Saturday, November 27, 2010

A war for middle ground, begat by tiny green demons

In a previous post, I mentioned a resolution to double the writing I had already completed this month, which at the time was two blog posts (one here, one on bleacher report) and three chapters of the novel. On yesterday evening, I fulfilled that goal. For those of you so inclined, at least some of the evidence is here. The chapters (which now number six and an introduction) you'll just have to take my word for. It's coming along. I told a friend about how surreal the process was of taking a chapter from its roughest, least realized state to something I was much, much happier with. And so, one piece at a time, I'm building me a road.

The destination I've always been confident in knowing, but the dips and curves, the climate and conditions, those have always been foggy, to use a pun. The other day, on an email group I'm plugged into, one of those terribly long streams was compiled and compiled and sent to me. I try to keep abreast of such things in as far as figuring out what the conversation was about and where it was going, in most general terms. This one had to do with some discussion board somewhere, or shall I say a battle field, and on opposing sides were mixed groups of readers and authors.

And even that isn't most accurate; the group/forum/board belongs to the veteran, most-involved posters the way a city belongs to people. They don't own it in any pure or true sense, but it's where they eat and sleep so they feel very responsible for it. And there was a gripe, a long-standing grudge that had finally boiled over, against authors who would come by and take advantage of the significant readership and dive bomb self promotions. At the beginning of the email I received, the other authors seemed concerned about what this meant and how it could be addressed, but ultimately divulged into a movement to go over, en masse, and post the first group into some sort of submission, or at least, understand what all the fuss was about. Naturally, the innocent curiosity and calm explanations were responded to with bullet-shaped rebuttals. As usual, it was two groups failing to empathize with one another.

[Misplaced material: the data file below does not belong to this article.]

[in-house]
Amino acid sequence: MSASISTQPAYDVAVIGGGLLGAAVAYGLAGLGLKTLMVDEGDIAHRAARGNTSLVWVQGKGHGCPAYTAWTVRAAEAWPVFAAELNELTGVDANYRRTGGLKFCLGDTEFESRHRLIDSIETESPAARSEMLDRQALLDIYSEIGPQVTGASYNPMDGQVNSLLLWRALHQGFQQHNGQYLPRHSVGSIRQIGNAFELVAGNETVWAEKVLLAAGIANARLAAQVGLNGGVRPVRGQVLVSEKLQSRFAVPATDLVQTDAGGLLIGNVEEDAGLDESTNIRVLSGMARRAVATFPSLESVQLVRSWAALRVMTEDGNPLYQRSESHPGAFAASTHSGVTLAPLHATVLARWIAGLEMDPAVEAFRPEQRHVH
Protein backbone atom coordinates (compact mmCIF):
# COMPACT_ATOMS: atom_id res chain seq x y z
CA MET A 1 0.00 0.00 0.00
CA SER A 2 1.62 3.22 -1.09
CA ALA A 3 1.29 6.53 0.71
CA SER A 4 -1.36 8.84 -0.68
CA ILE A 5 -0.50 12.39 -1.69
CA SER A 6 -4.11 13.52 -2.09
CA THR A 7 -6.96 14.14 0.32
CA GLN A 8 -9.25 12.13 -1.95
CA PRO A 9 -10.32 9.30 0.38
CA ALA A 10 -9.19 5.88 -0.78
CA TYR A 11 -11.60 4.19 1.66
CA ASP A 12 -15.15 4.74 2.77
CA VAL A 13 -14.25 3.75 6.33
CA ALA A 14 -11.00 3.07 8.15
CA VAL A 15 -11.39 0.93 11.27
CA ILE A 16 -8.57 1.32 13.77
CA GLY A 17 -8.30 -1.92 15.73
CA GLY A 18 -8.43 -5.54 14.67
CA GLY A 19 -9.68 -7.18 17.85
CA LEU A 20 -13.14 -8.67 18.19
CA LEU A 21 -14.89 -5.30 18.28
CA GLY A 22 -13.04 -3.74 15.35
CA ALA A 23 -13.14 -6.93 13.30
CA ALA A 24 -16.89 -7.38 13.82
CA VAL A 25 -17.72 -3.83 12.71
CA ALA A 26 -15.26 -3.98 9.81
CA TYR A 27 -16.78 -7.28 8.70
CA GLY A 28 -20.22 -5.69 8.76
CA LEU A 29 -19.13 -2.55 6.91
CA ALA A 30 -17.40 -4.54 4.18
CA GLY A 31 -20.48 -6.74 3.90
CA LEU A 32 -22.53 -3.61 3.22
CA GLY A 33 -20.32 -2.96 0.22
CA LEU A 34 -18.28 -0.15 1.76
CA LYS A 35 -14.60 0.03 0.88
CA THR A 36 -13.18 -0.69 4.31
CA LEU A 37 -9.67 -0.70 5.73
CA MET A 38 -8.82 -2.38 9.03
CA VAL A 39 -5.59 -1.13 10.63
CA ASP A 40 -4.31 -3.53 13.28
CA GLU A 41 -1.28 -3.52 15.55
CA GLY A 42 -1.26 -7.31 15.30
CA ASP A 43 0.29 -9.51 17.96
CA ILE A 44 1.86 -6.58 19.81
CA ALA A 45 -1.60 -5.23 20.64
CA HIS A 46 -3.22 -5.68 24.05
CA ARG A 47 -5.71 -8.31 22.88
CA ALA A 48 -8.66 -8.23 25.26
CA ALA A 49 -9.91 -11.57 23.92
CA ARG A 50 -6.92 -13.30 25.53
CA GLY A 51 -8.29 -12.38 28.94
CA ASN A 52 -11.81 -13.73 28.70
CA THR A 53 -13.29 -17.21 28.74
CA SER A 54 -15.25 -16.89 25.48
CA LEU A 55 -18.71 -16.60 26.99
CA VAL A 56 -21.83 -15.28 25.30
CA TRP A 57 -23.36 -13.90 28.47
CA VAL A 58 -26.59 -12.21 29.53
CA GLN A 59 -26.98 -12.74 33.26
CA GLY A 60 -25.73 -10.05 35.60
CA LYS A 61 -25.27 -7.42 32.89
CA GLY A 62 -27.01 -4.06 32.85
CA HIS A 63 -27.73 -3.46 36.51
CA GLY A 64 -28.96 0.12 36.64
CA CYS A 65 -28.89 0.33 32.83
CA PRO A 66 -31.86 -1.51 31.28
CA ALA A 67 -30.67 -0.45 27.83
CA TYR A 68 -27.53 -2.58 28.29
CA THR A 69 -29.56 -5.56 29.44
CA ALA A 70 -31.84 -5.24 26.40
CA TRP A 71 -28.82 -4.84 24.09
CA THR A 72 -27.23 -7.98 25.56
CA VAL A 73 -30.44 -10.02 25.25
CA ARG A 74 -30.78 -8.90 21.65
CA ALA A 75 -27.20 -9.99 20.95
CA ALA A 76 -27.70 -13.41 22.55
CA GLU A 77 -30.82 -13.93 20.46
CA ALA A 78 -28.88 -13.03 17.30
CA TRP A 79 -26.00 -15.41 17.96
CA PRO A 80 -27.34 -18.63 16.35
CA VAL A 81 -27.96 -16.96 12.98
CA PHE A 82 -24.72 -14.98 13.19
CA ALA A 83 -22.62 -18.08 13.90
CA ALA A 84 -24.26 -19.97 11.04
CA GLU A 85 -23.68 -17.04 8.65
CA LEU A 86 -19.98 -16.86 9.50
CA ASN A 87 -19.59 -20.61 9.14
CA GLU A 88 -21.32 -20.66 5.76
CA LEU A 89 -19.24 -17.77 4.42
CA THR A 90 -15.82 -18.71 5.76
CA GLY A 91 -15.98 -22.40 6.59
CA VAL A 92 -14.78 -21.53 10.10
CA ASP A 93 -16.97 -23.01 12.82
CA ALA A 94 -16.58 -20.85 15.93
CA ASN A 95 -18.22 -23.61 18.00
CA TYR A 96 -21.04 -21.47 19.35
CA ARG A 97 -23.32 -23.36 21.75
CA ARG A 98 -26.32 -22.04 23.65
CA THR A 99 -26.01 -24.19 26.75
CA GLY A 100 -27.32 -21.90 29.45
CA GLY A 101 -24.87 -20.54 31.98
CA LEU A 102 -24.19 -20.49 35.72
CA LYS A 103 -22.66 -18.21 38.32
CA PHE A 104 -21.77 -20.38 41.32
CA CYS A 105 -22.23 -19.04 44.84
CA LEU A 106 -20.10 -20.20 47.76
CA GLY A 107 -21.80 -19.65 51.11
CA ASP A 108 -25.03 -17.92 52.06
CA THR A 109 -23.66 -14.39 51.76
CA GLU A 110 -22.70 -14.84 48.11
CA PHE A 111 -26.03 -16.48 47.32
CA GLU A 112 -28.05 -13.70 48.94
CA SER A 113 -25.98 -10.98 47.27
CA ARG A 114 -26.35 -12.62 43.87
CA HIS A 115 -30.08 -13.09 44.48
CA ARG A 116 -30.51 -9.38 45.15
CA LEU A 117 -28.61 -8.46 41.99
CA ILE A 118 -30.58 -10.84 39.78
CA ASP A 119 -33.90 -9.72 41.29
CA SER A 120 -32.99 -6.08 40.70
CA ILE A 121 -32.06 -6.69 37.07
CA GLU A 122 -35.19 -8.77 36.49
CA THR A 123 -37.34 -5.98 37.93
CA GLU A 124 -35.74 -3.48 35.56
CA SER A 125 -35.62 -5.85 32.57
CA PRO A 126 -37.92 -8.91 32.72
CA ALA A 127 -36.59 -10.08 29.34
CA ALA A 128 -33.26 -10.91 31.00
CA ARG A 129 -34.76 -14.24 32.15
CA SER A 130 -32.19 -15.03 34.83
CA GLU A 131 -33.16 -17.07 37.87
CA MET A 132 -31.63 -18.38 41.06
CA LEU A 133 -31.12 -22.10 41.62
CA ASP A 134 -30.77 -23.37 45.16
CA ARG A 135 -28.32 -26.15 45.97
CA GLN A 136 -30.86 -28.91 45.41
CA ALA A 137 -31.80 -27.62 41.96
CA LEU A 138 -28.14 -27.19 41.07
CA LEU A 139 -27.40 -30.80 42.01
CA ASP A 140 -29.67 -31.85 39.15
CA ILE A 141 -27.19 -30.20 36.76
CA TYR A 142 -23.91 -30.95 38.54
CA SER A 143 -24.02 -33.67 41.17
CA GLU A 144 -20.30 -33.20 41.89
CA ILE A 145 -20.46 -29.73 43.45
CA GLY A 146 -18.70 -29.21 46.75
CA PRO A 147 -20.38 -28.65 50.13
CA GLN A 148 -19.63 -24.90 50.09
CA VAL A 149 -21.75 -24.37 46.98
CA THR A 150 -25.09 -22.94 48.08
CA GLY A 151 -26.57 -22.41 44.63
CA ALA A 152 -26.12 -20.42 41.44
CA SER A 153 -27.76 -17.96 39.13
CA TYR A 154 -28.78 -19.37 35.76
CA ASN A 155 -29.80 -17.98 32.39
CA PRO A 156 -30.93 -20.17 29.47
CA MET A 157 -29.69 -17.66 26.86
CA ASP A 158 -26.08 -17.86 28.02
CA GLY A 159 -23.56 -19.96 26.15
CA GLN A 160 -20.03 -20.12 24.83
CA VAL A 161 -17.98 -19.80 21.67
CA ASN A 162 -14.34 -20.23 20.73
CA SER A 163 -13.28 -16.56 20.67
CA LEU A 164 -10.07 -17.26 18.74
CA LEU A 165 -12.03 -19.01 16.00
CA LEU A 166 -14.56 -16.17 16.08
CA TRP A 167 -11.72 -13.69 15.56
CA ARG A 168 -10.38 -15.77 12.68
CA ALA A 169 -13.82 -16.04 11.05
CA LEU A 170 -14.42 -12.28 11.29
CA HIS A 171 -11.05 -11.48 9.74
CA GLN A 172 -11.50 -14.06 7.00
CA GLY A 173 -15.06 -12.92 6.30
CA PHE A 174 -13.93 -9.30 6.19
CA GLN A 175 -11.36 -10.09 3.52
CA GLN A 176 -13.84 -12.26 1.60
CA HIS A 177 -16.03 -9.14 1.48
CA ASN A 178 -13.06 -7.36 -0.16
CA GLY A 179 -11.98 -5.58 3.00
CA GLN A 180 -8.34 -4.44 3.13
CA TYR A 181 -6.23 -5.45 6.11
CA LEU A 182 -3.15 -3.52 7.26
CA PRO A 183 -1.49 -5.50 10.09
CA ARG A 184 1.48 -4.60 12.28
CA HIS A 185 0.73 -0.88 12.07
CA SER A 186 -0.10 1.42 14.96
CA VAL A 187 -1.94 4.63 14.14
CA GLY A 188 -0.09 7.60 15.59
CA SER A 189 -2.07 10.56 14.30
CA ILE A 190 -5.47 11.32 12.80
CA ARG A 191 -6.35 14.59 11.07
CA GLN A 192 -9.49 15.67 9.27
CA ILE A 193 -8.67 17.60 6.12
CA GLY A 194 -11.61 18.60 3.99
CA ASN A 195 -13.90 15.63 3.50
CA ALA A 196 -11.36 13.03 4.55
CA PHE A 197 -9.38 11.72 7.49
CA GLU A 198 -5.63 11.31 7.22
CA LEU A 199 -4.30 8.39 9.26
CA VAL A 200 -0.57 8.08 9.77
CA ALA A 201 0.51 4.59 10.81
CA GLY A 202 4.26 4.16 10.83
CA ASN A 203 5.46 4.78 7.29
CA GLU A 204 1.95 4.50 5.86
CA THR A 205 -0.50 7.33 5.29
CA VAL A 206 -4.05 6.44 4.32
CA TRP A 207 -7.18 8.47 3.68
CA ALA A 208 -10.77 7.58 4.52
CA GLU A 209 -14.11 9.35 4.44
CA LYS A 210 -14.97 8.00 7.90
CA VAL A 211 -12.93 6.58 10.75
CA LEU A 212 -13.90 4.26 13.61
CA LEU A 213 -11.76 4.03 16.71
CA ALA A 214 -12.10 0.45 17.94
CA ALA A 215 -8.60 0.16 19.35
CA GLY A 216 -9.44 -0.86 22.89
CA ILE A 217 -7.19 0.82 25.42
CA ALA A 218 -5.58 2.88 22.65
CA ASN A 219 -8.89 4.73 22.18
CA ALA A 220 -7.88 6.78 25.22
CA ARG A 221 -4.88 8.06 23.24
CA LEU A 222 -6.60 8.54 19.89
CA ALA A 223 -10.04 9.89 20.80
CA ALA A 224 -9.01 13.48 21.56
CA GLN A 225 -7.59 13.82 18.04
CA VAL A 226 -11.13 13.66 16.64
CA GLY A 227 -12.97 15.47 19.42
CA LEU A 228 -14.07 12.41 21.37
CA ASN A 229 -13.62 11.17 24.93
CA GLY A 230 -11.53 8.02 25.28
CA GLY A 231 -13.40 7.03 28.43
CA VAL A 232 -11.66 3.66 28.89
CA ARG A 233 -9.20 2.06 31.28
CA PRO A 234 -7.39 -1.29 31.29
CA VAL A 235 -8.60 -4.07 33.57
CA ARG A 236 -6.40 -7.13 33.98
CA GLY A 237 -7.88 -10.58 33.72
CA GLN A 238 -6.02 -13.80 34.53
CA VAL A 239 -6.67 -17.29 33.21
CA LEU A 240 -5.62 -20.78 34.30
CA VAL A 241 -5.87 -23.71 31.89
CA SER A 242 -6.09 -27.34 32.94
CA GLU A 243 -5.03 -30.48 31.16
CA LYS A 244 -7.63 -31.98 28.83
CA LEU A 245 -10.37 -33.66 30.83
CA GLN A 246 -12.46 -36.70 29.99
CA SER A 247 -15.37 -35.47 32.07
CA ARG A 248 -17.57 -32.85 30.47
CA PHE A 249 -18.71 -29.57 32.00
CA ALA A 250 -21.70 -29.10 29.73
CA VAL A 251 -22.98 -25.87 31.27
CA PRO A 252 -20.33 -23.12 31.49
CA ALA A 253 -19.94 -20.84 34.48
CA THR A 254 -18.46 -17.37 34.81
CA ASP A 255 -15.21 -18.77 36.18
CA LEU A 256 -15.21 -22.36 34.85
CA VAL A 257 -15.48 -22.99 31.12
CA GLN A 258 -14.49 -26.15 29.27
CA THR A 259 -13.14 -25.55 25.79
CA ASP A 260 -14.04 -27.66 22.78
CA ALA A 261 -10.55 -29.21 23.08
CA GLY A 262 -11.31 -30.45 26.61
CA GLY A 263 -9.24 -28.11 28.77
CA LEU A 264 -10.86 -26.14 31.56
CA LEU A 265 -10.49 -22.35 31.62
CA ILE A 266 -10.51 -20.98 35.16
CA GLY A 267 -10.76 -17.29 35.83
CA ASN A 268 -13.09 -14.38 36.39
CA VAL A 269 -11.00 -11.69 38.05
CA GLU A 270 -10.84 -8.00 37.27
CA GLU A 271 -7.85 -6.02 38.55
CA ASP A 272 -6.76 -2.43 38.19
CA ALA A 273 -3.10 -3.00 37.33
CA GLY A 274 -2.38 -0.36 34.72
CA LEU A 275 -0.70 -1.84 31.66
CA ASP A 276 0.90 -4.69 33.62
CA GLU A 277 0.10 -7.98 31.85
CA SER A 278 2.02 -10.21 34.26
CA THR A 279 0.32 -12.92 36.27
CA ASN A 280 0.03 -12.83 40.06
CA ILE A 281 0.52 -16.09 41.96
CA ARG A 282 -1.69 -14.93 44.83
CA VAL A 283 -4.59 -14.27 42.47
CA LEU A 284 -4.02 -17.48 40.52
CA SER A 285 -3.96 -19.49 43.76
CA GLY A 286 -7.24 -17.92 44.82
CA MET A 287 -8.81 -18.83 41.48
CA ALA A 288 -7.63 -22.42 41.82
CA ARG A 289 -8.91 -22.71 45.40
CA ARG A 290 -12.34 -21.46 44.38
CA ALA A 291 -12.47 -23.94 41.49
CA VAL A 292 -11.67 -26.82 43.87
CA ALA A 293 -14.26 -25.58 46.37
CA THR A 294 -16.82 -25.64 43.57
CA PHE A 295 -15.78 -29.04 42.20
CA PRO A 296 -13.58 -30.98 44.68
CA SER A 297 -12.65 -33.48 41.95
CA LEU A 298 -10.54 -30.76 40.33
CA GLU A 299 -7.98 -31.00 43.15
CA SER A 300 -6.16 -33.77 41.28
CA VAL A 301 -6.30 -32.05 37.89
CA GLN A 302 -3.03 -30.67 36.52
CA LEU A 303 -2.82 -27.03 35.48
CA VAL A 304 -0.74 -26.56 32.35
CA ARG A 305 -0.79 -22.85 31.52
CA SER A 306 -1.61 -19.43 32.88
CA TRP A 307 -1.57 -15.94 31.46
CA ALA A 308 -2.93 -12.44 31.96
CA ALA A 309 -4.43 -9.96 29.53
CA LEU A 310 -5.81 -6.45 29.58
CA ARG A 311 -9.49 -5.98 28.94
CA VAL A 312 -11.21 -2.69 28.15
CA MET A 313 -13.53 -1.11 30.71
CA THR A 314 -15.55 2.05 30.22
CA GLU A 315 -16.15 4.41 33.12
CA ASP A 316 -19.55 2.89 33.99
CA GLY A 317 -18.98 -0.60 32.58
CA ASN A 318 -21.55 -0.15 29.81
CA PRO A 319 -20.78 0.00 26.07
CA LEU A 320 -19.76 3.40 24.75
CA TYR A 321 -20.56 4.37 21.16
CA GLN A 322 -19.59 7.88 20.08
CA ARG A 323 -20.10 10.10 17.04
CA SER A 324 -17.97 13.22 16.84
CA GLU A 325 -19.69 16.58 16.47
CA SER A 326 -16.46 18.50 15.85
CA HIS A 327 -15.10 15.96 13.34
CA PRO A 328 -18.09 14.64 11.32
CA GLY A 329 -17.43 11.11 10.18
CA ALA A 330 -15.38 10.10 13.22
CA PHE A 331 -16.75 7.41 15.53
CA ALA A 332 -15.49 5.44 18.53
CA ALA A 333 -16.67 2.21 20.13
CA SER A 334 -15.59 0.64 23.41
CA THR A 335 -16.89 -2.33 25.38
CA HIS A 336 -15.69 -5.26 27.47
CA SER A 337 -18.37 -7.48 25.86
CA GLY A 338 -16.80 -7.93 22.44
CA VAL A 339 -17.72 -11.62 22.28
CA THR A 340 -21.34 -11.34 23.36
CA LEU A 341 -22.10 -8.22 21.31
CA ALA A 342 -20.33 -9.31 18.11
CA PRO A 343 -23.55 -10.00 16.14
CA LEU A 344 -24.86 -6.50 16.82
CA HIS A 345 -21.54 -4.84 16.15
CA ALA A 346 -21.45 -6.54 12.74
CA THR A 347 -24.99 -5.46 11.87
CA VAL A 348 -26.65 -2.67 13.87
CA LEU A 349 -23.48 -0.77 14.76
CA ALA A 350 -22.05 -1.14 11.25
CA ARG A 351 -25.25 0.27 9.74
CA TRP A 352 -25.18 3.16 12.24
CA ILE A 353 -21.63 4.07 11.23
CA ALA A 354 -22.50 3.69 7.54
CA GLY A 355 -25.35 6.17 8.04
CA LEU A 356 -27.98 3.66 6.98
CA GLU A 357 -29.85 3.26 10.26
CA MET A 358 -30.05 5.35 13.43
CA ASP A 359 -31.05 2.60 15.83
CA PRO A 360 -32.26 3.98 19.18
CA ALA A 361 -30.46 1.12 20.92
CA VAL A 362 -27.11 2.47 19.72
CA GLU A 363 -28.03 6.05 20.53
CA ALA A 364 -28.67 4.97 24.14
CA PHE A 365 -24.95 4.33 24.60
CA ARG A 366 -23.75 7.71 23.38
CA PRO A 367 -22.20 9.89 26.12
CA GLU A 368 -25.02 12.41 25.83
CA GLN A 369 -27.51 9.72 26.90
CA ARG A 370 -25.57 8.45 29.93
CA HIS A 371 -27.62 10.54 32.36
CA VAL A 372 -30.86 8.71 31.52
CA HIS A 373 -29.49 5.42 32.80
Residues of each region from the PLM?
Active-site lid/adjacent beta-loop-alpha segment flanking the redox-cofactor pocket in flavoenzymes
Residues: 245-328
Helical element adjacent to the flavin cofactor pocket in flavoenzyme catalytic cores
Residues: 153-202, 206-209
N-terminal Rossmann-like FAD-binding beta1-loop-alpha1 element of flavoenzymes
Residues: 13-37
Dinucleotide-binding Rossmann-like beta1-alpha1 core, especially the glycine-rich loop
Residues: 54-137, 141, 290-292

The people on the group are there to discuss specific genre fiction. To talk to each other about the sorts of things they like to read, and everyone is welcome to do so. At some point, someone realized it was a good place to promote one's work, and the stream became a flood, hence the hubbub. The authors, at least the ones I heard from, were trying to understand how best to market to their readers, and began by explaining their position, which was contractual obligation to overturn every stone in search of promotional gold (because as they belong to smaller houses, there is no money to pay for advertising, or at least, desperately little), and a societal drive to make as much money as possible within whatever subjectively reasonable means (we are, after all, Americans). It was overall a sad and negative situation.

I'm hoping against hope at this point that my March release comes to fruition. I think to myself that there's little to stop it, but evidence in the past has showed me otherwise. And when that time comes, I will be expected to engage in some level of promotion somewhere (I would like to, after all, actually make a living doing this; read: make money doing this). To that end, I read the entire multi-page post, even the deleted comments, and picked up some decent bits. Apparently, there are places that review books if they're given a free copy. I will likely harvest double-digit numbers of these places, and send them copies. Of course those will be free for them, not free for me, which illustrates one of the sticking points in that very lengthy dramatization. The authors asked "Well, what if you don't have money for promotion?" and the readers replied "Tough." What's the old saying? You have to spend money to make money? Perhaps a better plan would be to make enough money to move away from this place, somewhere pastoral and imaginary.

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